COVID and gun violence forces the Uplift Center for Grieving Children to pivot in new ways to help

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Darcy Walker Krause is executive director of Uplift Center for Grieving Children. (Courtesy of Uplift Center)

Darcy Walker Krause is executive director of Uplift Center for Grieving Children. (Courtesy of Uplift Center)

There’s been an increase in mental health emergencies and a decline in mental health wellbeing among teenagers since the start of the pandemic, according to the Centers for Disease Control and Prevention. This week, The New York Times reported that the mental health crisis among teens has become “life or death,” as depression, suicidal ideation, and self-harm rise among adolescents.

In Philadelphia, the issue is particularly acute. The city has experienced record homicide numbers and gun violence incidents and thousands have lost their lives to COVID and to the opioid crisis.

“Sometimes parents and caregivers think the kids aren’t grieving, or they may grieve a little and they’ll be okay,” says Darcy Walker Krause, “Kids are resilient, but that resilience has to be fostered.”

Darcy Walker Krause is executive director of the Uplift Center for Grieving Children. The non-profit provides grief counseling through peer and crisis support for children and teens grade K-12 who have experienced the death of someone significant in their lives.  With so many deaths in our region and loss brought on by the pandemic, the number of children impacted grew.

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“Kids couldn’t access the adults that they needed to have access to, particularly when the schools were closed,” says Walker Krause, “and whatever you’re dealing with whether it’s a death or loss or an ambiguous loss like schools closing, that’s a loss of something that you expect to be normal and it’s not .”

She says during the COVID-19 shutdown, Uplift was forced to pivot. They took their peer support and grief counseling online, offering virtual support groups. In addition, in partnership with the School District of Philadelphia, the non-profit launched the Philly HopeLine, providing young people with access to trained clinicians more than 40 hours per week. The professionals provided counseling, connected youth to peer support groups, and made referrals.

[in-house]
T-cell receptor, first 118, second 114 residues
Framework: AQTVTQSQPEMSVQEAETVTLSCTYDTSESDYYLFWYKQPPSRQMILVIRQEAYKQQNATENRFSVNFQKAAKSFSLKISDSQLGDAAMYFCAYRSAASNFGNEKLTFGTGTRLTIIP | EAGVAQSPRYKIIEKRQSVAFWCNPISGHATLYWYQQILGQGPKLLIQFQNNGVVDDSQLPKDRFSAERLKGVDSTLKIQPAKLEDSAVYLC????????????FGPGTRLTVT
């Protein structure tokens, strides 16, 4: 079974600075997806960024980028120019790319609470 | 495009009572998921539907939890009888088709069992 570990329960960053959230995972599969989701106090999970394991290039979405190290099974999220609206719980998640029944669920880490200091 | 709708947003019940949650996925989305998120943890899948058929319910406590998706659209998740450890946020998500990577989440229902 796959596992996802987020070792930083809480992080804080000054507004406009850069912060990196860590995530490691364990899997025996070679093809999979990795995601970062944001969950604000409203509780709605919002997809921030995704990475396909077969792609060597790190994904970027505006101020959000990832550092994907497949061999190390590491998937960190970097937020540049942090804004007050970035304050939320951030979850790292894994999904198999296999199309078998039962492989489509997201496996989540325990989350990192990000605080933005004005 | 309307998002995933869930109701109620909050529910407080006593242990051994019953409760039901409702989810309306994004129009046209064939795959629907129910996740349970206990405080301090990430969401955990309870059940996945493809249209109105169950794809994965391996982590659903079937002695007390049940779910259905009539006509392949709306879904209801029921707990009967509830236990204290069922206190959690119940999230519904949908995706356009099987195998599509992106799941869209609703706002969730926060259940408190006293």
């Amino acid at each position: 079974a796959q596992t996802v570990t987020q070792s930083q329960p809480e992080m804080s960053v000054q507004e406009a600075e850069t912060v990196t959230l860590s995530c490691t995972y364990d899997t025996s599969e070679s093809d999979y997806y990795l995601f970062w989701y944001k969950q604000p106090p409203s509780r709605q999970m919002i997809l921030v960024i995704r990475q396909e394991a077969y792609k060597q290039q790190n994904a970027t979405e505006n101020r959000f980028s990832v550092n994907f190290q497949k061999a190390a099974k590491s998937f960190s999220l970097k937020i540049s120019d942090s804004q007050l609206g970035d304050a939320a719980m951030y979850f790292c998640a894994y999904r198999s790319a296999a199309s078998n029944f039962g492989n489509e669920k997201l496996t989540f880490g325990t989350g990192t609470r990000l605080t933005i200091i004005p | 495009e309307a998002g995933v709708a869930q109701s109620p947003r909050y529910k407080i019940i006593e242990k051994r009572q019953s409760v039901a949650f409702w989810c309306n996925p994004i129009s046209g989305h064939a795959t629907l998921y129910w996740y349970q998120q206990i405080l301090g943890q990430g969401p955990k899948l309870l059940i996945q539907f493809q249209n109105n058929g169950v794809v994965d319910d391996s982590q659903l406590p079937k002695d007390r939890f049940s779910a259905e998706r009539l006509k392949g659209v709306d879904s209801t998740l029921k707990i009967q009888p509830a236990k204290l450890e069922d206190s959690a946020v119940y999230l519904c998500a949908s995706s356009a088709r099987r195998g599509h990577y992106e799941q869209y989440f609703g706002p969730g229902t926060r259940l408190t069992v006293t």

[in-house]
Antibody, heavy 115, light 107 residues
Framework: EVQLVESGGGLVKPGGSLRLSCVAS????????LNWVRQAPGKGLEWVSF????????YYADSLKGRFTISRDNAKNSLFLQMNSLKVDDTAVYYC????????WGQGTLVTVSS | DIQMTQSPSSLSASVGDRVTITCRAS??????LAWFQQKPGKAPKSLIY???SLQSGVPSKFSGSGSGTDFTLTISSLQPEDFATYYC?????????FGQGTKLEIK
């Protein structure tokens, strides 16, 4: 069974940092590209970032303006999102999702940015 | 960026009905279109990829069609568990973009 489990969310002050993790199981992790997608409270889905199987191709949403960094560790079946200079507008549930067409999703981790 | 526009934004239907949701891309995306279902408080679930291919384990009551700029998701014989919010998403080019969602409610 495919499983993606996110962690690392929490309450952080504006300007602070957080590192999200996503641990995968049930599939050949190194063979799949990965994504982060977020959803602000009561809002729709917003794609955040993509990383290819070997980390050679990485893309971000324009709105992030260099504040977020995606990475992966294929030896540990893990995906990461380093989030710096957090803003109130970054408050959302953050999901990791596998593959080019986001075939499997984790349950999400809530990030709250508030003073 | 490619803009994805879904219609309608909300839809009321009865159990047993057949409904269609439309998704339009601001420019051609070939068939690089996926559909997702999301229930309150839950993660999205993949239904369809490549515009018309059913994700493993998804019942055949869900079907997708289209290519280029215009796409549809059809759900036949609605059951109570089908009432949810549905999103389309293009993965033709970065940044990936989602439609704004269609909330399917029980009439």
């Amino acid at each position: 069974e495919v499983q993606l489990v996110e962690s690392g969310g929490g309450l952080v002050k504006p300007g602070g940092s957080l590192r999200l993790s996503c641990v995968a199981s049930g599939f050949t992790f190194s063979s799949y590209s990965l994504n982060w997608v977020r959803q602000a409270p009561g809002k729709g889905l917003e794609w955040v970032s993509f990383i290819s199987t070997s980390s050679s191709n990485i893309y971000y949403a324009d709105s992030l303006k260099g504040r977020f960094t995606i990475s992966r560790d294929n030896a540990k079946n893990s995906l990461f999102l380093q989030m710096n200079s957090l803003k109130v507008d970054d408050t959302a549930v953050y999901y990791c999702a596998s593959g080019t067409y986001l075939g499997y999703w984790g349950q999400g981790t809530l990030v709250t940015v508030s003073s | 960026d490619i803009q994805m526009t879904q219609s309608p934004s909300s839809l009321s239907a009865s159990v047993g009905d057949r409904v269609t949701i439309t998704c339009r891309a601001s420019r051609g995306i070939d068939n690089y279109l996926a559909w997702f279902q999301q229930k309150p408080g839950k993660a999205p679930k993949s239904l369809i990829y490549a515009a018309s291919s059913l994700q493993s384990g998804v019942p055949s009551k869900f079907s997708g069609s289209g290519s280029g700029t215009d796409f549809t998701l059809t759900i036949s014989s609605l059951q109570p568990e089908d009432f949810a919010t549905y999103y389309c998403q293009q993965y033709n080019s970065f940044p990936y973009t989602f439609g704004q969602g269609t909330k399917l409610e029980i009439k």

“In the early days of the pandemic, we were getting people connected to schools, but now people are calling for a variety of mental health needs,” says Walker Krause.

According to Uplift records, the group has fielded 780 calls on the HopeLine since its inception in 2020 and while there was a drop off in 2021, calls have increased since December.

“Every time there’s death or a shooting- there is a child or children that are connected to that loss,” says Walker Krause. “We were getting calls once a week, I’d say, from another school who had lost a young person.”

During the pandemic, Walker Krause says Uplift has served over 7,000 kids over the pandemic and has hosted roughly 3,000 training sessions. All factors that the Uplift team is proud of:

“I think that what I’m really proud of with our team is that we were there to respond and we are there to respond,” she says.

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On May 5, Uplift Center for Grieving Children will hold its largest fundraiser of the year, “An UPLIFTing Evening” at Vie by Cescaphe.

To contact the Philly HopeLine call 1-833-PHL-HOPE or visit them online.

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